Although brought up in Vienna and an irregular resident here, it would only be fair to describe Friedensreich Hundertwasser as a citizen of the world. Nevertheless, he left his mark on the city’s physical and cultural landscape like almost no other.
Use the map and info below to find the main locations of interest if you wish to follow in the great man’s literal footsteps.
Top Hundertwasser sites
Inevitably, we have to begin with the Hundertwasserhaus, the distinctive 1985 apartment block that has become one of Vienna’s prime tourist attractions.
This is just another council house run by the municipal authorities, if you ignore the astonishing shapes, colours, and integrated vegetation. A lot of tours stop off here, so expect crowds. You can’t actually go inside, but opposite the house is a small mall (the Hundertwasser Village), which Hundertwasser also helped design.
Kunst Haus Wien
Hundertwasser also designed the Kunst Haus Wien, which houses a regular photo exhibition and the Hundertwasser Museum. You have a double whammy of delights:
- First, the characteristic architecture, both inside and out, with its tree tenants, curved walls and floors
- Second, the museum, which chronicles Hundertwasser’s artistic evolution with the help of numerous works of art
The café also offers something a little different to the more traditional Viennese establishments. Go to the toilet while there (trust me on this).
Hundertwasser redesigned the chimney and entire facade of the Spittelau municipal incinerator in the late 1980s. The facility continues to provide energy, heat and warm water to thousands of households in Vienna.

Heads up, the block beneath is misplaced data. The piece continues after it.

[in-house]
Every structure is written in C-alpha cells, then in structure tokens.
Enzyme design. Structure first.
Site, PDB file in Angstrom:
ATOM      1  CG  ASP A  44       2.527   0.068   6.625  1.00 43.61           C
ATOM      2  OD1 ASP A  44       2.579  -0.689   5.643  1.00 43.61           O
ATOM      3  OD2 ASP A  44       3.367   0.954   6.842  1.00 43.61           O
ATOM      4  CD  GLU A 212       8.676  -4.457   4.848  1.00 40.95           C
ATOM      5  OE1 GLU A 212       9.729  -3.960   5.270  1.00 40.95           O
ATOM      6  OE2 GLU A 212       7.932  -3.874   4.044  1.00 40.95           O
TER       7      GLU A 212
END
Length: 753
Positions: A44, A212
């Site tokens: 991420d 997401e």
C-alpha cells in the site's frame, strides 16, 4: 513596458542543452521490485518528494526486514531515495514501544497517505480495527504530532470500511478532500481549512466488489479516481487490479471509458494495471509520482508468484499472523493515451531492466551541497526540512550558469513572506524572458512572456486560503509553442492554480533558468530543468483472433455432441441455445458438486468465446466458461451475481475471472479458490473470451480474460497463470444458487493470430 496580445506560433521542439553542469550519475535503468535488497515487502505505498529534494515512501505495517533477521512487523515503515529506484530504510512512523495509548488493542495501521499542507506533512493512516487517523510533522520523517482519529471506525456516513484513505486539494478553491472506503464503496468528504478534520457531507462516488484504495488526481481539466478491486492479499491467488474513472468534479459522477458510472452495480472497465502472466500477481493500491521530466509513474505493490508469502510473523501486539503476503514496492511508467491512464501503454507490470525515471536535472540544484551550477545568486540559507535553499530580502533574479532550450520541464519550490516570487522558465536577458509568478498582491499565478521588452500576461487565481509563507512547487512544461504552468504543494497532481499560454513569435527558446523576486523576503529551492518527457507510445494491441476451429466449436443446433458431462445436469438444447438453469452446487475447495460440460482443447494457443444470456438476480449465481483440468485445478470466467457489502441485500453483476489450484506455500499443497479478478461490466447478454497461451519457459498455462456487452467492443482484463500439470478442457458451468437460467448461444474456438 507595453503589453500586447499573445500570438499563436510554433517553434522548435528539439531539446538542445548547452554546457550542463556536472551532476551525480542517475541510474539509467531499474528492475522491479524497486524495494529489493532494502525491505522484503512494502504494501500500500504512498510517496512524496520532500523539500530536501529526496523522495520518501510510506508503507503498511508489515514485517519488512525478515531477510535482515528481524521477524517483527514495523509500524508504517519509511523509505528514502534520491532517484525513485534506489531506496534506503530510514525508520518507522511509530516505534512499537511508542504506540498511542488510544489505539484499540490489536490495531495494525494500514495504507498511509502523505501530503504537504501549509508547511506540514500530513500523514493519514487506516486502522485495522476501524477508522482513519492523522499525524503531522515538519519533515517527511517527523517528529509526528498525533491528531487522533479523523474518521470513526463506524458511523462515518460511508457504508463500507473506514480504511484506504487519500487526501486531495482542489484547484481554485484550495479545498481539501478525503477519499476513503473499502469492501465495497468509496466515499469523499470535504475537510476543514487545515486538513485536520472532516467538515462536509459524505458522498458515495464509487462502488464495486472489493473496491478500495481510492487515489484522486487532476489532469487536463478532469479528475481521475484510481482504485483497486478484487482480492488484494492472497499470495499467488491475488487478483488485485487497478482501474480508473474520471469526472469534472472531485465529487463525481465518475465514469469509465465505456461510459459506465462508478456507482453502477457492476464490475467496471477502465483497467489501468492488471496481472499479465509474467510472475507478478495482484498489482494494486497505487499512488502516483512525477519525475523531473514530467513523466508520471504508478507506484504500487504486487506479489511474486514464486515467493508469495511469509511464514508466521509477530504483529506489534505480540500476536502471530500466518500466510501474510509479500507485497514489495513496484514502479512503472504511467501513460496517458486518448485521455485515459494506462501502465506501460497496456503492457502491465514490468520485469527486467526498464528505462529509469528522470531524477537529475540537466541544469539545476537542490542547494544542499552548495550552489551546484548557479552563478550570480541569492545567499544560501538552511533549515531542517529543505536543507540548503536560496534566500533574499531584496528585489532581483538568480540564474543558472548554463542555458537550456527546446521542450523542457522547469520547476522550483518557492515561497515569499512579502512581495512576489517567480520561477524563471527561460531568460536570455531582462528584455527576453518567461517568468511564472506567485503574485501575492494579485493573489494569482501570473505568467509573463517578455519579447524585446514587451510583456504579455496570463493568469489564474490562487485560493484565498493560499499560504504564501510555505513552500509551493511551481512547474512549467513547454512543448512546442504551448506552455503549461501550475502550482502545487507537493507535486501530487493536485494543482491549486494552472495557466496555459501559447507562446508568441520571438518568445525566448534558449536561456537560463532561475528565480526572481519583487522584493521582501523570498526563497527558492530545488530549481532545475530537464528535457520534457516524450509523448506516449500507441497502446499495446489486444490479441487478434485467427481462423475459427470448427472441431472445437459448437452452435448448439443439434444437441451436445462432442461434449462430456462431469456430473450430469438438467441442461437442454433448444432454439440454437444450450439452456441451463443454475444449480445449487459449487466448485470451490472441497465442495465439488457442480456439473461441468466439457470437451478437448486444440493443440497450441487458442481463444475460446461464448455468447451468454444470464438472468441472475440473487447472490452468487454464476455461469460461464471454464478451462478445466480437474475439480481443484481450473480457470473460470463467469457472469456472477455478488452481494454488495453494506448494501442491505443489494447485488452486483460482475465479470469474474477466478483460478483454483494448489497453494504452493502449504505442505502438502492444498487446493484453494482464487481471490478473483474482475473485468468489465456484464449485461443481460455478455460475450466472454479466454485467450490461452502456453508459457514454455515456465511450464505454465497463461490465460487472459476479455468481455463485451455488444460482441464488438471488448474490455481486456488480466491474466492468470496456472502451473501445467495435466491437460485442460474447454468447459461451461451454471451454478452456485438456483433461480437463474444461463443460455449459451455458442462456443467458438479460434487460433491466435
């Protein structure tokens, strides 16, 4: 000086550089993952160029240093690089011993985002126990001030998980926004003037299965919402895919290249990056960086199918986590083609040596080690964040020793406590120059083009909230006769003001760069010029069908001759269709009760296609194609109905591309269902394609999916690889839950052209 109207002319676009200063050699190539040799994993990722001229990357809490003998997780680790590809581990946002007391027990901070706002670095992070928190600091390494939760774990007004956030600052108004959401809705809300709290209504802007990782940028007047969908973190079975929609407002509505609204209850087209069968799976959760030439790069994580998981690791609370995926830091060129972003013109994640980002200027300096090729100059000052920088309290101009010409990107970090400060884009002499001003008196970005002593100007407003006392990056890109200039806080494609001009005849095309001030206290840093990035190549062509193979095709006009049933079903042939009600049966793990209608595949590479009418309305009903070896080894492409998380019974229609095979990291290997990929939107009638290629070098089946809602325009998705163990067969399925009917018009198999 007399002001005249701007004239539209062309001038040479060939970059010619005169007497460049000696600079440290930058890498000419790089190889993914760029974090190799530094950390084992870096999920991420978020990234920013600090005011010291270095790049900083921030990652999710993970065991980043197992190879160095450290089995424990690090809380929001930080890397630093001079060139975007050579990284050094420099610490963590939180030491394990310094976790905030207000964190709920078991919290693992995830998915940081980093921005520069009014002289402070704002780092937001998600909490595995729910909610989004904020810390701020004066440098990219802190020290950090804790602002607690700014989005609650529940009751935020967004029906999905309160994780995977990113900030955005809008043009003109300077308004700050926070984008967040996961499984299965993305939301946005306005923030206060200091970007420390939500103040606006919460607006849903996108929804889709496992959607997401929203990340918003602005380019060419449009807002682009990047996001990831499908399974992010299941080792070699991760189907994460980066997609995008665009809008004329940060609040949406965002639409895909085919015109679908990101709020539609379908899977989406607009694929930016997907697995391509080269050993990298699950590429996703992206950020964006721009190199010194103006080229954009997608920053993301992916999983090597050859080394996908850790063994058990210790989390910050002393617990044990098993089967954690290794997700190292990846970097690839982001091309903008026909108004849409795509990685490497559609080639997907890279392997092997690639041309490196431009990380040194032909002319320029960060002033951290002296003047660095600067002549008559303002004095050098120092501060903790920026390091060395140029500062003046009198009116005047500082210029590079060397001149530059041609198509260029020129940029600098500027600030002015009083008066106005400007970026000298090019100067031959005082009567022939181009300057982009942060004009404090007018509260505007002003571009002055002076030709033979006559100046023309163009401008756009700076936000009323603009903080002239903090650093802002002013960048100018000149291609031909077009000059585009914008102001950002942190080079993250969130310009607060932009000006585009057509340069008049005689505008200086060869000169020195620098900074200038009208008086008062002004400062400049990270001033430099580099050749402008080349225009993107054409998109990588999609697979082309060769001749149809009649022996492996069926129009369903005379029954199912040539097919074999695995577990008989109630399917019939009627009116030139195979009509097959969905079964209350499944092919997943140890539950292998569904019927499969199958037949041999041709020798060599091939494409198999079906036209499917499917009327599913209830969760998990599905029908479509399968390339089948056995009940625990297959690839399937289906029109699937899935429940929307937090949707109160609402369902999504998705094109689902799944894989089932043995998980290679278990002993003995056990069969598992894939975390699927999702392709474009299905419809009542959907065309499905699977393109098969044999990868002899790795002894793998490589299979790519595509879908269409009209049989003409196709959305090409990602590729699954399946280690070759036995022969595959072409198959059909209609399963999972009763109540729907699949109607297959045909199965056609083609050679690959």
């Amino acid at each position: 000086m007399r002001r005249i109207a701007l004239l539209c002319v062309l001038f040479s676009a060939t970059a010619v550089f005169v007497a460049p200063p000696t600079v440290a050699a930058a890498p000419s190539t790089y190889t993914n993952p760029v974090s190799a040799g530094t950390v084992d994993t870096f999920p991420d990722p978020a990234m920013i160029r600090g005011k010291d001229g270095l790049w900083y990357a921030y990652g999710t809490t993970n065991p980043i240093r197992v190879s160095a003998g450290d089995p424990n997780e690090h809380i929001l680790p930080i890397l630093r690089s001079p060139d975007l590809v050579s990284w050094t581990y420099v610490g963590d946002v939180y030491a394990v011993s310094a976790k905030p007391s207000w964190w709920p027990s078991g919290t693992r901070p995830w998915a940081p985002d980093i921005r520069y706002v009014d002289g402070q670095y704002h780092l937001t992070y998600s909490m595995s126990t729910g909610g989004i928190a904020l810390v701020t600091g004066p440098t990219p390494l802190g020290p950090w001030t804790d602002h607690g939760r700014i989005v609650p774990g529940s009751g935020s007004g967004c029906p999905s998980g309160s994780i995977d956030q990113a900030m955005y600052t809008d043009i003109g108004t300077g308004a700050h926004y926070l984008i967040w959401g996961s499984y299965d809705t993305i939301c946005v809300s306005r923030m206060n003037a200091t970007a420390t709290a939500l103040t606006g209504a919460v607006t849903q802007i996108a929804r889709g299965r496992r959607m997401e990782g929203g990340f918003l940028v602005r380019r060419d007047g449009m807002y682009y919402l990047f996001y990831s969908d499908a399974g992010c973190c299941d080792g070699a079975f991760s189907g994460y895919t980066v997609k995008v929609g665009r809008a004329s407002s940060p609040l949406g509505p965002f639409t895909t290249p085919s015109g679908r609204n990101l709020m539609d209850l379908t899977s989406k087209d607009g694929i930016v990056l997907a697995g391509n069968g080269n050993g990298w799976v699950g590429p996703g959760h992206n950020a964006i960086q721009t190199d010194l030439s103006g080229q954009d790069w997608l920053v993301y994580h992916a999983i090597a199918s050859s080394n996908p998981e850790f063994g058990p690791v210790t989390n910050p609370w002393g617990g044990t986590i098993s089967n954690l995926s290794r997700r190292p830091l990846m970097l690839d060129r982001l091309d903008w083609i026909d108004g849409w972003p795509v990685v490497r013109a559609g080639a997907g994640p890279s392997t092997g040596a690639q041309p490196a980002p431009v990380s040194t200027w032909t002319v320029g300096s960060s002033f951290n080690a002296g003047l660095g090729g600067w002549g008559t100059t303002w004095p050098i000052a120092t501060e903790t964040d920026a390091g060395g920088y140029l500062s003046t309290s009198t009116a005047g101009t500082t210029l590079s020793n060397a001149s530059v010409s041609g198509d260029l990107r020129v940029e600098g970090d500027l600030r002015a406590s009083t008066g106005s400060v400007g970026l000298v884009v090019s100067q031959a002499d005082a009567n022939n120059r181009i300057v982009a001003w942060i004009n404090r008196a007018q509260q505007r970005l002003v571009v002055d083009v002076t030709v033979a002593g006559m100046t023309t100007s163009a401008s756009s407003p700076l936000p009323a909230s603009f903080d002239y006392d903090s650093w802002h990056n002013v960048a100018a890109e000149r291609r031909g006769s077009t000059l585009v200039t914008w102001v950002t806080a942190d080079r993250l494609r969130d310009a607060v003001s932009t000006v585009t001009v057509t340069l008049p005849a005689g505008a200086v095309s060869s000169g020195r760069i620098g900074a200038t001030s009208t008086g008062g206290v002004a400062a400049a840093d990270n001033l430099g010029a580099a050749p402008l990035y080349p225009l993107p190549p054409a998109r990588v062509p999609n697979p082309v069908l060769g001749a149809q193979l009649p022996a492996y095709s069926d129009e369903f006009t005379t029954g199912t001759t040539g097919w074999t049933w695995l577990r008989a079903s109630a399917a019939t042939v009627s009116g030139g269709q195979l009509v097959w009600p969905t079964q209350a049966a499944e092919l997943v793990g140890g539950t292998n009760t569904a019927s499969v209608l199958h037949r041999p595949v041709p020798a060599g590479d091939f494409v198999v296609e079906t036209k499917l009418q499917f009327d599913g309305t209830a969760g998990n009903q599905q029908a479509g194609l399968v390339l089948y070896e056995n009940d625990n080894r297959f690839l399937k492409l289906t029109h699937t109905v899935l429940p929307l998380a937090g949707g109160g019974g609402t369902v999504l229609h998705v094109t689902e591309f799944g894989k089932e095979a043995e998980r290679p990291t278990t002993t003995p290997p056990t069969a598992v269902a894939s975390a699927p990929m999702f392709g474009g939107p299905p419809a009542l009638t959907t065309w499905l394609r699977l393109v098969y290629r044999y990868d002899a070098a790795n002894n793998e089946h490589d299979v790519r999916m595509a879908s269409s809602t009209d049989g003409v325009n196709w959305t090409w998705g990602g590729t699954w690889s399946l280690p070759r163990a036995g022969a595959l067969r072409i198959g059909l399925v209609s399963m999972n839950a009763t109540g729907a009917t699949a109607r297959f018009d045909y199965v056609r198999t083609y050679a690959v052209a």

Some might argue that the architectural impact exceeds even that of the more well-known Hundertwasserhaus. The golden ball near the top of the chimney has certainly become a distinctive city landmark.
A rather inoffensive house located in the 2nd district near the Augarten Park provided a childhood home for Hundertwasser.
Obere Donaustraße 12 was no urban idyll, though. A plaque outside (in German and English) explains how the Nazis forced Hundertwasser and his Jewish mother to move here in 1938. They both survived the war, though dozens of their relatives died in concentration camps.
- Just a little way off Kunst Haus Wien is the Donaukanal (Danube Canal), a channel of the Danube that runs through the city centre. Landing stages dot the banks and Hundertwasser designed the one at Weißgerberlände 28. The walk alongside is the Hundertwasser Promenade.
- Hundertwasser had a studio at the top of the Ankerhaus, a multi-functional building on Vienna’s famous Graben boulevard. Another great son of the city, Otto Wagner, designed the house, which dates back to the mid-1890s.
- In my wanderings around the city, I stumbled across one of Hundertwasser’s paintings (1955’s The Large Path) hanging on the top floor of Upper Belvedere palace. This is the same art museum that houses numerous works by Klimt, including The Kiss.
- A small square in Vienna’s 15th district bears the name Friedensreich-Hundertwasser-Platz